conversion to residential, daylight and sunlight

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A neighbour to my intended planning application recently had change of use on his ground floor from commercial to residential. There was already a flat above used for residential. I was planning to apply for permission to build a house on my plot so this change could scupper my plans. The neighbour's now 'house and garden' share a common boundary with my plot at right angles (his end of small garden to my side boundary. Someone mentioned a 20-year rule applies to have certain rights. Please does anyone have any knowledge of this rule? I have tried unsuccessfully to search for it but don't really know how to phrase it.

In other words, does that neighbour have to wait 20 years to claim an established right to daylight and sunlight from a new window in their property which is now converted into a house?
 
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No, new windows or alterations do not automatically acquire RTL under prescription.

Further, RTL is a private easement and not a planning consideration - although planners do consider light and impact but in a different way.

RTL as a private easement is complex and rarely applies to houses or low-rise properties, so as to be significant.
 
Measuring from the centre of their habitable room window, can you keep your development under a 25 degree line? this guidance comes from the Building Research Establishment doc "Site layout planning for daylight and sunlight". If you can, I think you should read this doc and reference it in a planning application.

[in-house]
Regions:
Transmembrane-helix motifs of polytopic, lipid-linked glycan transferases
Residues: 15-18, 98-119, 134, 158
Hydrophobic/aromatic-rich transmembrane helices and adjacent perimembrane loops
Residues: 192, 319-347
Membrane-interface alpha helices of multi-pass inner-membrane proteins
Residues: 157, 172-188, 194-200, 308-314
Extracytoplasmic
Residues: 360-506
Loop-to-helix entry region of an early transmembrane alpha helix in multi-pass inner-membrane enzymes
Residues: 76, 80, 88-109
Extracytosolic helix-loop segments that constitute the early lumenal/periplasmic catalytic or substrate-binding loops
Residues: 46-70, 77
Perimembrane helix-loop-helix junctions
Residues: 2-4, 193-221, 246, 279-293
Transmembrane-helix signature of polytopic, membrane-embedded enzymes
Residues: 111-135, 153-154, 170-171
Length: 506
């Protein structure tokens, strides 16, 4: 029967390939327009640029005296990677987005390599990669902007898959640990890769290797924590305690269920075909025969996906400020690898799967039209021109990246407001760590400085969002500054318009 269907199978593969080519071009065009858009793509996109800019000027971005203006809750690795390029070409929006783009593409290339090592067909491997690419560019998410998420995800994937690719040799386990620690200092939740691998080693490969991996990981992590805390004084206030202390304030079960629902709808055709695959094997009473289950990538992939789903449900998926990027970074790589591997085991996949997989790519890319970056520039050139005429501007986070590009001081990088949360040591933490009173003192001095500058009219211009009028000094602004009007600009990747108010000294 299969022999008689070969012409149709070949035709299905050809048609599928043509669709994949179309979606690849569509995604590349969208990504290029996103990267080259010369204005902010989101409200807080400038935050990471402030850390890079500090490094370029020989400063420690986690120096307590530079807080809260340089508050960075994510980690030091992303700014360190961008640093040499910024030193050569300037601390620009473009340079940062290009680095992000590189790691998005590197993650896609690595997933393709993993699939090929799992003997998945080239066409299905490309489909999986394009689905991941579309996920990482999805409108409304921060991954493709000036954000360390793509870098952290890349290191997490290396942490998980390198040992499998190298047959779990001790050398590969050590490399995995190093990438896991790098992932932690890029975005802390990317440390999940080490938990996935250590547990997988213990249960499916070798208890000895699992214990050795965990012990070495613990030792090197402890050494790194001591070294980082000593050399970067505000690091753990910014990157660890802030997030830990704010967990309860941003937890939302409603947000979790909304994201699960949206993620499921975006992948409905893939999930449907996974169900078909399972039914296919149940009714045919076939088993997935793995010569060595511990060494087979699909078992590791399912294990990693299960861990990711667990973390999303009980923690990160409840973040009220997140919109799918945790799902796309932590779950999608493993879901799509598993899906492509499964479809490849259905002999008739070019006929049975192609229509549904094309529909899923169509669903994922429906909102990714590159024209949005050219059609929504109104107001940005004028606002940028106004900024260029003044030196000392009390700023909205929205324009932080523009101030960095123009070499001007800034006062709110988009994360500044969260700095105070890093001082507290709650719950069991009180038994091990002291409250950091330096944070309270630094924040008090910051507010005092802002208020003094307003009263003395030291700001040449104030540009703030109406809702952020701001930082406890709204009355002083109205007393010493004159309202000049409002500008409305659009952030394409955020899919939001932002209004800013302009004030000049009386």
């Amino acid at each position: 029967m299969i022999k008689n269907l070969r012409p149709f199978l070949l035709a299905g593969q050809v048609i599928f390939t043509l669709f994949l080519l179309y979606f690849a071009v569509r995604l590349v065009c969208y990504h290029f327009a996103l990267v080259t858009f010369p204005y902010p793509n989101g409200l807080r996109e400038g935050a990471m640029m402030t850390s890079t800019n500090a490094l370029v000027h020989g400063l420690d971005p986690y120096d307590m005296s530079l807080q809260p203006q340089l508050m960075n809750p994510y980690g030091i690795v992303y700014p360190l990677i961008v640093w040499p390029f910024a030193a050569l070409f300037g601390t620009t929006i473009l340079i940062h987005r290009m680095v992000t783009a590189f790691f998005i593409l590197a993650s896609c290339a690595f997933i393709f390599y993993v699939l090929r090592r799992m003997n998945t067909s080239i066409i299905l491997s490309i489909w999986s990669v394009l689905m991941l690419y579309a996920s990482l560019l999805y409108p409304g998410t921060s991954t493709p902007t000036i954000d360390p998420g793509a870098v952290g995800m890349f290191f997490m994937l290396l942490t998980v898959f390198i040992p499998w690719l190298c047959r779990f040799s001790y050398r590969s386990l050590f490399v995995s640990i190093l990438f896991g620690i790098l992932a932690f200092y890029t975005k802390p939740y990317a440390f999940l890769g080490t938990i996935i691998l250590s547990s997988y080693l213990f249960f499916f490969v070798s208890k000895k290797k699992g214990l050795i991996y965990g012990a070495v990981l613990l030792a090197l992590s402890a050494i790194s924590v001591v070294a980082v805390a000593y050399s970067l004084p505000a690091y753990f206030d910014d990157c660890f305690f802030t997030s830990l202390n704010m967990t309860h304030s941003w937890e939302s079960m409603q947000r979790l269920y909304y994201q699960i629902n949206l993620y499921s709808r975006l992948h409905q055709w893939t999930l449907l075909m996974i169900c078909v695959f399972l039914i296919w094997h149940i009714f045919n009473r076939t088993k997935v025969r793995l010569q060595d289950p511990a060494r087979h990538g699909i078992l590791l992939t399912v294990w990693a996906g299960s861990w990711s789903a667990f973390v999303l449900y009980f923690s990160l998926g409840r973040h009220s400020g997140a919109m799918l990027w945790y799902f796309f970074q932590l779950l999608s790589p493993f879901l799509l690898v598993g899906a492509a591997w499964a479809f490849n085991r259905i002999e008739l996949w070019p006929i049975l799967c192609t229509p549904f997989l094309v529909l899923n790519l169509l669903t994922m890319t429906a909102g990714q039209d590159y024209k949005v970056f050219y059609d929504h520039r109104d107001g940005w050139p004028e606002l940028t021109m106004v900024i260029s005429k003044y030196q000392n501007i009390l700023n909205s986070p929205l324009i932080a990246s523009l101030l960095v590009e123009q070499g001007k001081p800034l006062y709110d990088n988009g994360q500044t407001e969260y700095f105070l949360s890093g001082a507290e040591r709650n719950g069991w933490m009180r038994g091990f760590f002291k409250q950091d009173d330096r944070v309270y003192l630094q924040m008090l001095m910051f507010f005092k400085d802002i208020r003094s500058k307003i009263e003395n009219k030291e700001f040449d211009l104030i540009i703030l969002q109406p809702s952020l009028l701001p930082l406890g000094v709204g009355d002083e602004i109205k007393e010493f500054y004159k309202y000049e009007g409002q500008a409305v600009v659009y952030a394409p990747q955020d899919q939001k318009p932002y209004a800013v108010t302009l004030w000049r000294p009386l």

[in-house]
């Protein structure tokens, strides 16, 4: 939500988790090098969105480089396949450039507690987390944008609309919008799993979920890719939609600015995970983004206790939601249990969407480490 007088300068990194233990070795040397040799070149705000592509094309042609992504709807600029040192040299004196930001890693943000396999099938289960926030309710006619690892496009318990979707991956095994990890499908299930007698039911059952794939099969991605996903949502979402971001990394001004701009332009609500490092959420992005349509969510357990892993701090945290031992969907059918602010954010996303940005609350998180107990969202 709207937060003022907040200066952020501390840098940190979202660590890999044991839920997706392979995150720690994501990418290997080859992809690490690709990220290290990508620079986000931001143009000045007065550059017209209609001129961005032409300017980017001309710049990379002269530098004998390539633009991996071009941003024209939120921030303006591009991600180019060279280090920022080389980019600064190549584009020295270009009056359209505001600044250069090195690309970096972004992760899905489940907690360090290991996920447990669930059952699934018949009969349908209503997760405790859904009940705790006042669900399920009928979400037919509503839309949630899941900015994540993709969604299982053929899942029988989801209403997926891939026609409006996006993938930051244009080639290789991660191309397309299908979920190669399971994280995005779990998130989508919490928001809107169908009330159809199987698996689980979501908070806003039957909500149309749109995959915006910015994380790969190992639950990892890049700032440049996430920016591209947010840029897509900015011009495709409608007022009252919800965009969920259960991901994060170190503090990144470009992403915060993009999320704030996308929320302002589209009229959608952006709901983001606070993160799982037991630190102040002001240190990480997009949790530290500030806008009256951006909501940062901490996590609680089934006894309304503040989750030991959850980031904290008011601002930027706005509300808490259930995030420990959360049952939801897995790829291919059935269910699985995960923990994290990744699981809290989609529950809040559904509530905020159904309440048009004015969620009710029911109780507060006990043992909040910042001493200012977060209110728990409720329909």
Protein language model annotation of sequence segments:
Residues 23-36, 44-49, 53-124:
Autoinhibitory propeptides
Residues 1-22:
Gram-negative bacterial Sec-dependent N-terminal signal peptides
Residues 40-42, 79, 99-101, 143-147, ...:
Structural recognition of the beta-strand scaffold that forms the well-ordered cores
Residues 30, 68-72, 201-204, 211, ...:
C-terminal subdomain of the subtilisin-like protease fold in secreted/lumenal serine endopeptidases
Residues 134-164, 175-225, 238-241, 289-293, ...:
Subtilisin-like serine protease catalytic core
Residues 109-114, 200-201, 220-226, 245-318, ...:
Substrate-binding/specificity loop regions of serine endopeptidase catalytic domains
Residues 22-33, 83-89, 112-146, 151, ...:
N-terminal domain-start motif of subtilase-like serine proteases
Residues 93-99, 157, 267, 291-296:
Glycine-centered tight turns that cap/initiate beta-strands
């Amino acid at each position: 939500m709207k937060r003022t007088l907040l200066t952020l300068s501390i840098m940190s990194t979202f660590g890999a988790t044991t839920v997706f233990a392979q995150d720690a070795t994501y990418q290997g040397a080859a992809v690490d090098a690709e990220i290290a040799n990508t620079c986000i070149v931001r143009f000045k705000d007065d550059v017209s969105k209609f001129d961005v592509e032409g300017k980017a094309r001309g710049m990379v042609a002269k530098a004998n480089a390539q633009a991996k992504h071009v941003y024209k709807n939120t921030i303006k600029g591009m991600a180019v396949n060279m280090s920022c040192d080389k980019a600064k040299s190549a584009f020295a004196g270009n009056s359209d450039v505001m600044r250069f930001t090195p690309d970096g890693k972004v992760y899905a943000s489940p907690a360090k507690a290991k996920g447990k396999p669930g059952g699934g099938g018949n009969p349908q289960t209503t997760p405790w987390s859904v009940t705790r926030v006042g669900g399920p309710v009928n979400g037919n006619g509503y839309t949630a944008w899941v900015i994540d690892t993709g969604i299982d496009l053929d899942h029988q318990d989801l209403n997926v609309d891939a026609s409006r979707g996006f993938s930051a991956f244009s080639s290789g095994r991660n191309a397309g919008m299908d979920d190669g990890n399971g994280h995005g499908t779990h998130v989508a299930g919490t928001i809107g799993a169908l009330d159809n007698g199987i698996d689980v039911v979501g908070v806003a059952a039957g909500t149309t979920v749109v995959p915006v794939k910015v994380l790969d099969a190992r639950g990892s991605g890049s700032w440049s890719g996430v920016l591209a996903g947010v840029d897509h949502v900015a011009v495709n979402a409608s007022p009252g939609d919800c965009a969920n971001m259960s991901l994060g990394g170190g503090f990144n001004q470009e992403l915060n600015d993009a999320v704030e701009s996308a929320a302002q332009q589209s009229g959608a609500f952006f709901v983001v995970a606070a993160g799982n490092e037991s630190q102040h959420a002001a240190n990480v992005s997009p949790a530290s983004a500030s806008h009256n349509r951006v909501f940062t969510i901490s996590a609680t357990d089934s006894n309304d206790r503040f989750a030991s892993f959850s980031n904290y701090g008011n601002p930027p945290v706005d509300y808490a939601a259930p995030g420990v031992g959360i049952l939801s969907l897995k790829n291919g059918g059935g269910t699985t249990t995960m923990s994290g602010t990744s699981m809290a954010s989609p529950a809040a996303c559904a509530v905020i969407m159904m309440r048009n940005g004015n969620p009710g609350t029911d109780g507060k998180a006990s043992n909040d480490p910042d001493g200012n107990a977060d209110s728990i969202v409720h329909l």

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No, new windows or alterations do not automatically acquire RTL under prescription.

Further, RTL is a private easement and not a planning consideration - although planners do consider light and impact but in a different way.

RTL as a private easement is complex and rarely applies to houses or low-rise properties, so as to be significant.
It wasn't 'right to light' I was asking about since I remember reading on this forum or somewhere that 'right to light' is different to 'daylight and sunlight guidance' but I do appreciate your reply. Many thanks
 
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Measuring from the centre of their habitable room window, can you keep your development under a 25 degree line? this guidance comes from the Building Research Establishment doc "Site layout planning for daylight and sunlight". If you can, I think you should read this doc and reference it in a planning application.
Yes, the application property is all under 25 degree line. Does the 45 degree guidance affect only adjacent properties or does it also apply to properties at right angles to each other? This is something else that I couldn't find an answer to when googled. Your response is very much appreciated, thank you very much!
 
:unsure:

What other light is there?
sorry I wasn't clear. What I meant was, in planning terms, there is no right to light, as I understand it, but there is a legal right. Whereas the 'daylight and sunlight guidance' is a planning term according to BRE, that planning officers use. Please put me right if I am mistaken. I just found this if anyone else is interested in this complicated subject ...... https://awh.co.uk/2019/11/11/rights-of-light-vs-sunlight-and-daylight-whats-the-difference/
 
Yeah, I mentioned all that above.

For planning, you need to refer to your council's planning policies regarding what criteria they use how they apply it.
 
In other words, does that neighbour have to wait 20 years to claim an established right to daylight and sunlight from a new window in their property which is now converted into a house?
The simple answer to your specific question is that commercial or residential really makes no difference to RoL laws. The proces might be different, depending on the situation, but residential properties gain no more or less rights than commercial.
 

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